On Fourth of July, 1858, At Sea. [From the Boston Post.]

The fine ship _Joseph Whitney_, from Baltimore, Captain S. Howes, was making for this port on the day of the celebration of the nation's birth, and among an unusually brilliant array of passengers from different parts of the country, was the distinguished Senator, Jefferson Davis, of Mississippi. The patriotic suggestion of the captain, to celebrate the day in a manner befitting the great anniversary, met with a hearty response from the company, among whom were zealous republicans, democrats and Americans. A committee was appointed to invite the Senator to make an address, and he consented.

First, the Declaration of Independence was read by Sebastian F. Streeter, Esq., of Baltimore, when Senator Davis made an address of singular felicity of diction and impassioned eloquence, and of such a character as to command the admiration of those who listened to it. He commenced by happy allusions to the array of beauty and intelligence that stood before him from all parts of our common country; he then passed in review the condition of the feeble and separate colonies of 1776, and contrasted with it the country now--the only proper republic on earth, as it stood before the world in its wonderful progress in art, and agriculture, and commerce, and all the elements that constitute a great nation. When thus sailing on the Atlantic, looking to the coast of the United States, he was reminded of those bold refugees from the British and French oppression who crosses these water to found a home in what was then a wilderness. The memory, too, arose of the many sorrowing hearts and oppressed spirits since born over these waves to that refuge from political oppression which our fathers founded as the home of liberty and the asylum of mankind. Her terrtiory {sic}, which now stretches from ocean to ocean, contains a vast interior yet unpeopled; and, with a destiny of still further and continued expansion of area, why should the gate of the temple be now shut upon sorrowing mankind? Rather let it be that the gate should be forever open, and an emblematic flag, hereafter as heretofore, wave a welcome to all to come to the modern Abdella--fugitives from political oppression.

Senator Davis dwelt at some length on the right of search question--on the insulting claim which Great Britain made to a peace-right to visit our ships. Under the pretence of stopping the slave trade--a trade against which the United States was the first nation to raise its voice--she had interrupted and destroyed a lucrative commerce we had enjoyed in ivory and other products on the coast of Africa. The late outrages in the Gulf found us, as a people, with domestic quarrels on our hands; but if this power counted on existing divisions and on making them wider, the result showed how great was her error. The insult was resented by a united people; the Senate, as one man, leaped up against British pretensions; while England, as suddenly, astonished, withdrew her pretensions. The claim she so long preferred is given up--entirely abandoned. The same spirit that resented insult in the past will resent it in the future. I stand, said the Senator, substantially on the deck of an American vessel; it is American soil; the American flag floats over it; its right to course the ocean pathway is perfect. When the blue firmament reflected its own color in the sea, it was the unappropriated property of mankind; and it was arrogant and idle for any nation to deny to the United States her full enjoyment of this common property. It was for the full and undisturbed enjoyment of this right that out fathers, when much less prepared for war than we are now, engaged in the conflict of 1812; and for this right we were ready to strike in 1858. Let a feign power, under any pretence whatever, insult the American flag, and it will find that we are not a divided people, but that a mighty arm will be raised to smite down the insulter, and this great country will continue united.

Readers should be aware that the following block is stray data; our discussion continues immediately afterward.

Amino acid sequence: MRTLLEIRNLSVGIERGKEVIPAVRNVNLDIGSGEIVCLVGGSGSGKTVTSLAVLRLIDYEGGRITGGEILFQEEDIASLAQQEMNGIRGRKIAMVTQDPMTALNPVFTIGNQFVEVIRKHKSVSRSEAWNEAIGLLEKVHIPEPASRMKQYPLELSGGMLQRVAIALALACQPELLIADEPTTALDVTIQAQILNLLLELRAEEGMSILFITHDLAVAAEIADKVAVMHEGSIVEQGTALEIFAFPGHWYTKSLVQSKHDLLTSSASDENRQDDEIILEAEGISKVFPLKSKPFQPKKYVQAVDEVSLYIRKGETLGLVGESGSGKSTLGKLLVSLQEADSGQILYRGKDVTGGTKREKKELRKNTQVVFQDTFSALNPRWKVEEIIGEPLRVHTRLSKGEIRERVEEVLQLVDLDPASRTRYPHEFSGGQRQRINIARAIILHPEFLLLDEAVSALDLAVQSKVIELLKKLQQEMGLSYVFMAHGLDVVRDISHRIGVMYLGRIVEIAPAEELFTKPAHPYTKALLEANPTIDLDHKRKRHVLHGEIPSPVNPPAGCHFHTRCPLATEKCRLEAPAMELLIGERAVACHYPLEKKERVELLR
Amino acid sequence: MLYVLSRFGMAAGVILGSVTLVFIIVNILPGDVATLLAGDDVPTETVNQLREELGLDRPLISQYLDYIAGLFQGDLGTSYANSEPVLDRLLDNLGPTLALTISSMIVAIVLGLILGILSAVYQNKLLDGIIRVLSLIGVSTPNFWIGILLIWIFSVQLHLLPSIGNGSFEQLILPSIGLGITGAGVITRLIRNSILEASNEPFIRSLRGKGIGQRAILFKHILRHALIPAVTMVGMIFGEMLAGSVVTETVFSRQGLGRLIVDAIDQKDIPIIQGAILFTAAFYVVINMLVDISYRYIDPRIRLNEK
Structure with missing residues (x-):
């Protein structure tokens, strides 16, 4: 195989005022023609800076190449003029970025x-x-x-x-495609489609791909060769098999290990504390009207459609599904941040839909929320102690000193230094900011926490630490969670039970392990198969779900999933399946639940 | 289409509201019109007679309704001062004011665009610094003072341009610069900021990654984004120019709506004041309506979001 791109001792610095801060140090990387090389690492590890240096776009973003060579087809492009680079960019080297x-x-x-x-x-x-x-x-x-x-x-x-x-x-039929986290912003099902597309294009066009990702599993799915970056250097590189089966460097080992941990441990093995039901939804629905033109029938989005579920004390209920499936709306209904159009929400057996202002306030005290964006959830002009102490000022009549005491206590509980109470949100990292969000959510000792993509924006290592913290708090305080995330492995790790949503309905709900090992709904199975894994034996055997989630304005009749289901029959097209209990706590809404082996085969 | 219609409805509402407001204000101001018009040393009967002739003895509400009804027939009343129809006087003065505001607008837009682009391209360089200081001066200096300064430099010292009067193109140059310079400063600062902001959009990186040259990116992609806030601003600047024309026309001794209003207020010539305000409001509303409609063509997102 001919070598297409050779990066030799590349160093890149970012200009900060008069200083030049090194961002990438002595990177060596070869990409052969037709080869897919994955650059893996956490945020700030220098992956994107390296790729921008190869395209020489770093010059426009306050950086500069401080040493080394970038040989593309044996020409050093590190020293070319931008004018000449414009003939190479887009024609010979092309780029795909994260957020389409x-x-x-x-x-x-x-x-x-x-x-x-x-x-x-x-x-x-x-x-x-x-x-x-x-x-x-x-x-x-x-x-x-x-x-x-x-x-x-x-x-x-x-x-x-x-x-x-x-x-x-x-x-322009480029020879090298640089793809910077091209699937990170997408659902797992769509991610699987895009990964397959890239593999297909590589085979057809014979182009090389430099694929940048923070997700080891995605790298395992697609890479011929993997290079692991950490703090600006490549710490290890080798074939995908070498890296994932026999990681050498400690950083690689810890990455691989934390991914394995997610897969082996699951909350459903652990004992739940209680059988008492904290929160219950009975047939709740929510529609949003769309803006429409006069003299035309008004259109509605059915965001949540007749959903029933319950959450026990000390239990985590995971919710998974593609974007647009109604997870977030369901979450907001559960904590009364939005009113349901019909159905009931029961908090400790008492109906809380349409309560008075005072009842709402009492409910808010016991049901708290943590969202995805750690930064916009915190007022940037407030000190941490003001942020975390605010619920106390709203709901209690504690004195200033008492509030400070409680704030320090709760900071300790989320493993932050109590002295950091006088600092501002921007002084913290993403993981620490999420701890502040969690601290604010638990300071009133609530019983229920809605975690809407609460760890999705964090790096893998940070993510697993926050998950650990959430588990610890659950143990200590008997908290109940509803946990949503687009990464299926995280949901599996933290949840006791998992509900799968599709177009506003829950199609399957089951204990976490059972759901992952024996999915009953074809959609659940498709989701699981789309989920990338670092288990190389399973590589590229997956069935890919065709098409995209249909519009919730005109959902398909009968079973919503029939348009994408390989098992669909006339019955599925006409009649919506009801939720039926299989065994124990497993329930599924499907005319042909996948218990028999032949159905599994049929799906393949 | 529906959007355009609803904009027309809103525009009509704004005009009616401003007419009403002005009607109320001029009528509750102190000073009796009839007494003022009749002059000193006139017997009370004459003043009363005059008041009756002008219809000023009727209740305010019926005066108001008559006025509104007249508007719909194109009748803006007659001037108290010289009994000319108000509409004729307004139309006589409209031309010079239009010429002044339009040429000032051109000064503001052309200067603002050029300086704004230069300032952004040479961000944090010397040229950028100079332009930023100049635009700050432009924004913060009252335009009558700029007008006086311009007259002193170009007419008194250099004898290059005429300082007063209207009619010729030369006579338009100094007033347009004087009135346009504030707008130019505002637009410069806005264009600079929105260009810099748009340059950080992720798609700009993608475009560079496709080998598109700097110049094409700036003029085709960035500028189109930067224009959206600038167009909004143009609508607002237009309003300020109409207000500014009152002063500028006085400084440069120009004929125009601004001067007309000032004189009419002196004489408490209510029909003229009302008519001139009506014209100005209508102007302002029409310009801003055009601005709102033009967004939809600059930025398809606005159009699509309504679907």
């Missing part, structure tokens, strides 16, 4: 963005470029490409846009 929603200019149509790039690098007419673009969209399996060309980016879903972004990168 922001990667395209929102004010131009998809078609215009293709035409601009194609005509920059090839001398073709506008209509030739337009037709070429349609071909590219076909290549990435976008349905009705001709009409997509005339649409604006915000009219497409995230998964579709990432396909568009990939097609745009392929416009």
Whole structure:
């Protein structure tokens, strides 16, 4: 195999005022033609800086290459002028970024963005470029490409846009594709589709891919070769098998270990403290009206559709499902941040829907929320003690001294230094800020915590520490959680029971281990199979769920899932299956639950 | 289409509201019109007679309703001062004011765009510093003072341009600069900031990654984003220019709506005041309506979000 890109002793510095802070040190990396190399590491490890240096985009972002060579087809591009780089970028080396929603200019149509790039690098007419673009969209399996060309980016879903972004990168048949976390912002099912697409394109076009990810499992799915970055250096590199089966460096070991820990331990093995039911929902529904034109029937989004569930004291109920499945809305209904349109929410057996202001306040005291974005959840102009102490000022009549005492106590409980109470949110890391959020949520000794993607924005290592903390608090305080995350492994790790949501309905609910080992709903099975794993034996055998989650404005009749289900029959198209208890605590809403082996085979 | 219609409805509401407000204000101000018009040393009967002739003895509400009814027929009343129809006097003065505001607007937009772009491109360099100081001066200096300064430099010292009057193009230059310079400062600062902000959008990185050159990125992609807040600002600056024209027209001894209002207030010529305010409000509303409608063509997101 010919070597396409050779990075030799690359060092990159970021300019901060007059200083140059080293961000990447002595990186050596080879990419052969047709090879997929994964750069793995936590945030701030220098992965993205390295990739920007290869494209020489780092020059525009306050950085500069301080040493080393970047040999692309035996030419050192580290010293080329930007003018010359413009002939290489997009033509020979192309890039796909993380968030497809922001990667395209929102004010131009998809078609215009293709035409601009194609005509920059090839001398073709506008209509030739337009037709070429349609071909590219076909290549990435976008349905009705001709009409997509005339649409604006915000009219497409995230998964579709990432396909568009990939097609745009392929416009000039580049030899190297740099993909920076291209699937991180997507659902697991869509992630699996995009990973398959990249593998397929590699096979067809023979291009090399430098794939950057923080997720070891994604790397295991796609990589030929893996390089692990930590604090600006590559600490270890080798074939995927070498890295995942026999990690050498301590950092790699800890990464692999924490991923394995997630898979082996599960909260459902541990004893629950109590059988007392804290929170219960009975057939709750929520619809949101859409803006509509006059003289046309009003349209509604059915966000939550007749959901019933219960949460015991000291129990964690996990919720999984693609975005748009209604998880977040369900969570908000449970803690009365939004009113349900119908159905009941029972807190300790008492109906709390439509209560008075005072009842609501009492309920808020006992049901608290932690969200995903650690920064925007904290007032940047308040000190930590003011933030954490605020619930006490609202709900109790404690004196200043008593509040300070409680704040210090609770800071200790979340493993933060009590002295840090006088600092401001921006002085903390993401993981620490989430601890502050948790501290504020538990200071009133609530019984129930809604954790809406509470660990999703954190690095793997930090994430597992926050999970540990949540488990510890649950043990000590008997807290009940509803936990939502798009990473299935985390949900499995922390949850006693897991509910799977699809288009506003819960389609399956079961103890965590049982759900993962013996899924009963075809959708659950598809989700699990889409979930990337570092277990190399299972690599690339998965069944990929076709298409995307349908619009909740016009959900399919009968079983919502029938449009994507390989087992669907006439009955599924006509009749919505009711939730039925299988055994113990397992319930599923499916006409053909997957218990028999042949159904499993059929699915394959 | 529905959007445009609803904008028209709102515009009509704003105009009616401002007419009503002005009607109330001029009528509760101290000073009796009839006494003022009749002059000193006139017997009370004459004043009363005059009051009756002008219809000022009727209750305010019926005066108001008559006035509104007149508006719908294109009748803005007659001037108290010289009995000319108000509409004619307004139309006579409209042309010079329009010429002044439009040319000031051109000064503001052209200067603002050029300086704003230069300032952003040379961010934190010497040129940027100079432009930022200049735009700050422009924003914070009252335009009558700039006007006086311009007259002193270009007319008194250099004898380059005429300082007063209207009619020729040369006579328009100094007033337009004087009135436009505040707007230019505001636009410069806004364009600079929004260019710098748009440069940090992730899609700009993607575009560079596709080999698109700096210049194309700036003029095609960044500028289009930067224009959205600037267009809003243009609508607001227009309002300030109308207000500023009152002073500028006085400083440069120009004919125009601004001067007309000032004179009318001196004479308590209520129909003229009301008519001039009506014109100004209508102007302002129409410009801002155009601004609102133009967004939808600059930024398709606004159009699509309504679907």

Trifling politicians in the South, or in the North, or in the West, may continue to talk otherwise, but it will be of no avail. They are like the mosquitoes around the ox: they annoy, but they cannot wound, and never kill. There was a common interest which run through all the diversified occupations and various products of these sovereign States; there was a common sentiment of nationality which beat in every American bosom; there were common memories sweet to us all, and, though clouds had occasionally darkened our political sky, the good sense and the good feeling of the people had thus far averted any catastrophe destructive of our constitution and the Union. It was in fraternity and an elevation of principle which rose superior to sectional or individual aggrandizement that the foundations of our Union were laid; and if we, the present generation, be worthy of our

Speeches of the Honorable Jefferson Davis 1858 - 1/19

    Next Page

  1    2    3    4    5    6   10   19 

Schulers Books Home

 Games Menu

Dice Poker
Tic Tac Toe


Schulers Books Online

books - games - software - wallpaper - everything